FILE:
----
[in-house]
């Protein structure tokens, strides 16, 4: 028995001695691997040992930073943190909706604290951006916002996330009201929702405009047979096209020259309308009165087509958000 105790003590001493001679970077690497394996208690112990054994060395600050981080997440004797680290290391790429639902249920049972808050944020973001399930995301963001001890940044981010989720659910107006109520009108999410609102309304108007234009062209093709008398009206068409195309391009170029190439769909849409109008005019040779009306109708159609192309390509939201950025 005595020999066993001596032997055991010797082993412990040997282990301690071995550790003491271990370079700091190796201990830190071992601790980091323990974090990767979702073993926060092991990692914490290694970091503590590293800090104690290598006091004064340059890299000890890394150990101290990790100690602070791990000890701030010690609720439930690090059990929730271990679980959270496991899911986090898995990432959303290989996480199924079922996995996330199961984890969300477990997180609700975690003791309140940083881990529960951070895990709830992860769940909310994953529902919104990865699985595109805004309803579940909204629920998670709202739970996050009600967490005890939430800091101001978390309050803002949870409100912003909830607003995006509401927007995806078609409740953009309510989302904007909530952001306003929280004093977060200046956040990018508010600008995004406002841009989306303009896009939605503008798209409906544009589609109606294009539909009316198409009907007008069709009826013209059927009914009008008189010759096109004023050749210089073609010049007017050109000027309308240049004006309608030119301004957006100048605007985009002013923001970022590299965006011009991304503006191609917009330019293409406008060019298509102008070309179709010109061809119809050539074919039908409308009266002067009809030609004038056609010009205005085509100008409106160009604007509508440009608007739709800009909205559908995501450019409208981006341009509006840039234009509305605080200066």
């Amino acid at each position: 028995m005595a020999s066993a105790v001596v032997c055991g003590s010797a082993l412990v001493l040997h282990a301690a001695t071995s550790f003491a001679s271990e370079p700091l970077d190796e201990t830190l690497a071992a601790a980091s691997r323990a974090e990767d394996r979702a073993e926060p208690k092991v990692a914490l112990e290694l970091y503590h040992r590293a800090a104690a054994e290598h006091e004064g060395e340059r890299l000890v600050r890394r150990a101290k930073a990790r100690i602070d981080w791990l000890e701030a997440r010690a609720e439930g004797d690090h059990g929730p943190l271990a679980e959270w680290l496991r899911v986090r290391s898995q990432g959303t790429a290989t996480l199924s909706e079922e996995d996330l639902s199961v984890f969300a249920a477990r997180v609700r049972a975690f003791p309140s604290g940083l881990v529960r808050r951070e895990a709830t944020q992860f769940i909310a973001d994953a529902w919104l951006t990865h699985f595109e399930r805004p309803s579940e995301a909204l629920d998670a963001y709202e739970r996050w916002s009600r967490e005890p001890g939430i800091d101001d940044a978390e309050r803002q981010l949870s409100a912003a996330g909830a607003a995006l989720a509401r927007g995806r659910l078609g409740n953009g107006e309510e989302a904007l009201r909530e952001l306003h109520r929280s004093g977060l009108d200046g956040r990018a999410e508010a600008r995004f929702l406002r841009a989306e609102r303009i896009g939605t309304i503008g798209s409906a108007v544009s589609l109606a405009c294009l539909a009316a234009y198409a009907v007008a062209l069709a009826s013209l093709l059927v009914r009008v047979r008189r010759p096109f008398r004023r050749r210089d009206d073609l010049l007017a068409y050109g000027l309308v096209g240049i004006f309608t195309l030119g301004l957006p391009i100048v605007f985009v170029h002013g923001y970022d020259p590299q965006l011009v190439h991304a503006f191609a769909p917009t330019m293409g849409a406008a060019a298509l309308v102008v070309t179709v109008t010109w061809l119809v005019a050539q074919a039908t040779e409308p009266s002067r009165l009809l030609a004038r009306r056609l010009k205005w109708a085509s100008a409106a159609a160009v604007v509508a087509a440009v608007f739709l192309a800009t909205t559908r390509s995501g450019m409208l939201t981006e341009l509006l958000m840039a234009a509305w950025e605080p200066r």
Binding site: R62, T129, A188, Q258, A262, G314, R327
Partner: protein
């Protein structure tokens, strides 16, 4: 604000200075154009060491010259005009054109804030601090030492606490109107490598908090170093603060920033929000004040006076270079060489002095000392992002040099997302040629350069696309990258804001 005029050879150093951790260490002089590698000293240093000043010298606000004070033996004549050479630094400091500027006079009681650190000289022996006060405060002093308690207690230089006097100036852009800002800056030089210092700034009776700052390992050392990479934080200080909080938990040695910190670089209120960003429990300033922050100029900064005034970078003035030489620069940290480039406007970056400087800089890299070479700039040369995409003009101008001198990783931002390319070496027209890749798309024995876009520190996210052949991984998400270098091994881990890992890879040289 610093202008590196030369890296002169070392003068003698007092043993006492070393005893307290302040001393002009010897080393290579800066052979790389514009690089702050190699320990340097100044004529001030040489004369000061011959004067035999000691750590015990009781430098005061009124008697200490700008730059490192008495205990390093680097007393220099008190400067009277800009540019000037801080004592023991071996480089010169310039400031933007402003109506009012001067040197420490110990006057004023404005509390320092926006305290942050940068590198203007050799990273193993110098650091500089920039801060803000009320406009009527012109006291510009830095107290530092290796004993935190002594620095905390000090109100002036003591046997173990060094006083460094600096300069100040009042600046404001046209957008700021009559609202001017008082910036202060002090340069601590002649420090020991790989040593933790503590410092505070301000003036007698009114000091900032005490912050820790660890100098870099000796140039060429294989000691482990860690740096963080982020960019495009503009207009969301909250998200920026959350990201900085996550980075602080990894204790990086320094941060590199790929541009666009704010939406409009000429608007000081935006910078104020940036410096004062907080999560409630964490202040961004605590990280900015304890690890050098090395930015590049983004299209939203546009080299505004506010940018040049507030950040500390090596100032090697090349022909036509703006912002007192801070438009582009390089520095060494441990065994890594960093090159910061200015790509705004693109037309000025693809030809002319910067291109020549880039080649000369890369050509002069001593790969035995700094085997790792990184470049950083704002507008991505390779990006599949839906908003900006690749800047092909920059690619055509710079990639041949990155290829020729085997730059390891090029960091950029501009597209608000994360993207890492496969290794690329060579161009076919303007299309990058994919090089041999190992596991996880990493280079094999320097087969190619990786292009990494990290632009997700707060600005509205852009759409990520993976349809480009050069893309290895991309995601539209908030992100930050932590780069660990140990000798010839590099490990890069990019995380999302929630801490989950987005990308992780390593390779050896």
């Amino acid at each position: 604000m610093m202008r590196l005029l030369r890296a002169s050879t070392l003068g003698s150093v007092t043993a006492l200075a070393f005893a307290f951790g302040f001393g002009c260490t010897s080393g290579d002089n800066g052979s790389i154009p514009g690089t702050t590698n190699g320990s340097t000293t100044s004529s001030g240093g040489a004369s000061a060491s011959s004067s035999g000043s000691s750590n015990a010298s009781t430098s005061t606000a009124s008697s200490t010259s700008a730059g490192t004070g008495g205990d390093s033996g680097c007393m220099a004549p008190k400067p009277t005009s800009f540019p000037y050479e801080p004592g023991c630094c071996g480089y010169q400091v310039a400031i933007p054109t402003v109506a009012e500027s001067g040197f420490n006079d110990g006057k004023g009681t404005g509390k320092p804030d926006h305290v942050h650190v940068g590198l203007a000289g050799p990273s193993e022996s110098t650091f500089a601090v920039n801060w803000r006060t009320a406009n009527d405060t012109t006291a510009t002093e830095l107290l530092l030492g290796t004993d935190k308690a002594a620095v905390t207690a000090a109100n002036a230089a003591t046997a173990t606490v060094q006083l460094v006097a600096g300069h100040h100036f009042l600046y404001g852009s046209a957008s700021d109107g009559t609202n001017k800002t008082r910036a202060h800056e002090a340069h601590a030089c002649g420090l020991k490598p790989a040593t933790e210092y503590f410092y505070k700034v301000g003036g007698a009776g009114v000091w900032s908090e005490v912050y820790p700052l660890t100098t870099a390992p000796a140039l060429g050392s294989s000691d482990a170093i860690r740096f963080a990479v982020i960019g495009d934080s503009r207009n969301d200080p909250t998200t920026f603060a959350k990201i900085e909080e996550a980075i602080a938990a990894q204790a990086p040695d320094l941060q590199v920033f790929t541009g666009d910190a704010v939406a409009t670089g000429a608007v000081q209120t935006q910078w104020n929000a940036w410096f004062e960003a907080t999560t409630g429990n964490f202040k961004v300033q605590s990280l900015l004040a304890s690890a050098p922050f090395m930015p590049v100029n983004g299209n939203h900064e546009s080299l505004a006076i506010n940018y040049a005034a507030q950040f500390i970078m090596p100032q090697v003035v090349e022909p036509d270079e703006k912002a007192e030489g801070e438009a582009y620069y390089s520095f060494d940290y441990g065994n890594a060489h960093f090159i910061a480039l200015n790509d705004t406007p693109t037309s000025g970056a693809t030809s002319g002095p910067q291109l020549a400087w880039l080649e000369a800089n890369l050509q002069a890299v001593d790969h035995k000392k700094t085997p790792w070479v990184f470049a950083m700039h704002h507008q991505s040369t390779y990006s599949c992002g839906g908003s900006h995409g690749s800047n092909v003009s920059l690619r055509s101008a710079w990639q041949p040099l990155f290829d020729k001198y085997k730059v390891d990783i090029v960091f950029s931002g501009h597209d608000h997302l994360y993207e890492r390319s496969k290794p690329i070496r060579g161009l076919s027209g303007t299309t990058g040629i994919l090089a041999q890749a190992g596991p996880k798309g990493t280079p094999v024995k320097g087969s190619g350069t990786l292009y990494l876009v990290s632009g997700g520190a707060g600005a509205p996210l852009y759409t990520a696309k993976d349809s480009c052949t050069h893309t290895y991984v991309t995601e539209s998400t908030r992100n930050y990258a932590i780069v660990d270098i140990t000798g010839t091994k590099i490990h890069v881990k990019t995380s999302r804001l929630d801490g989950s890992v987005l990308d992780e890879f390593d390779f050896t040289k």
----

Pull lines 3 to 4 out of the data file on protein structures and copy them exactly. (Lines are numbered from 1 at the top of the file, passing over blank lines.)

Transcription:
């Amino acid at each position: 028995m005595a020999s066993a105790v001596v032997c055991g003590s010797a082993l412990v001493l040997h282990a301690a001695t071995s550790f003491a001679s271990e370079p700091l970077d190796e201990t830190l690497a071992a601790a980091s691997r323990a974090e990767d394996r979702a073993e926060p208690k092991v990692a914490l112990e290694l970091y503590h040992r590293a800090a104690a054994e290598h006091e004064g060395e340059r890299l000890v600050r890394r150990a101290k930073a990790r100690i602070d981080w791990l000890e701030a997440r010690a609720e439930g004797d690090h059990g929730p943190l271990a679980e959270w680290l496991r899911v986090r290391s898995q990432g959303t790429a290989t996480l199924s909706e079922e996995d996330l639902s199961v984890f969300a249920a477990r997180v609700r049972a975690f003791p309140s604290g940083l881990v529960r808050r951070e895990a709830t944020q992860f769940i909310a973001d994953a529902w919104l951006t990865h699985f595109e399930r805004p309803s579940e995301a909204l629920d998670a963001y709202e739970r996050w916002s009600r967490e005890p001890g939430i800091d101001d940044a978390e309050r803002q981010l949870s409100a912003a996330g909830a607003a995006l989720a509401r927007g995806r659910l078609g409740n953009g107006e309510e989302a904007l009201r909530e952001l306003h109520r929280s004093g977060l009108d200046g956040r990018a999410e508010a600008r995004f929702l406002r841009a989306e609102r303009i896009g939605t309304i503008g798209s409906a108007v544009s589609l109606a405009c294009l539909a009316a234009y198409a009907v007008a062209l069709a009826s013209l093709l059927v009914r009008v047979r008189r010759p096109f008398r004023r050749r210089d009206d073609l010049l007017a068409y050109g000027l309308v096209g240049i004006f309608t195309l030119g301004l957006p391009i100048v605007f985009v170029h002013g923001y970022d020259p590299q965006l011009v190439h991304a503006f191609a769909p917009t330019m293409g849409a406008a060019a298509l309308v102008v070309t179709v109008t010109w061809l119809v005019a050539q074919a039908t040779e409308p009266s002067r009165l009809l030609a004038r009306r056609l010009k205005w109708a085509s100008a409106a159609a160009v604007v509508a087509a440009v608007f739709l192309a800009t909205t559908r390509s995501g450019m409208l939201t981006e341009l509006l958000m840039a234009a509305w950025e605080p200066r």
Binding site: R62, T129, A188, Q258, A262, G314, R327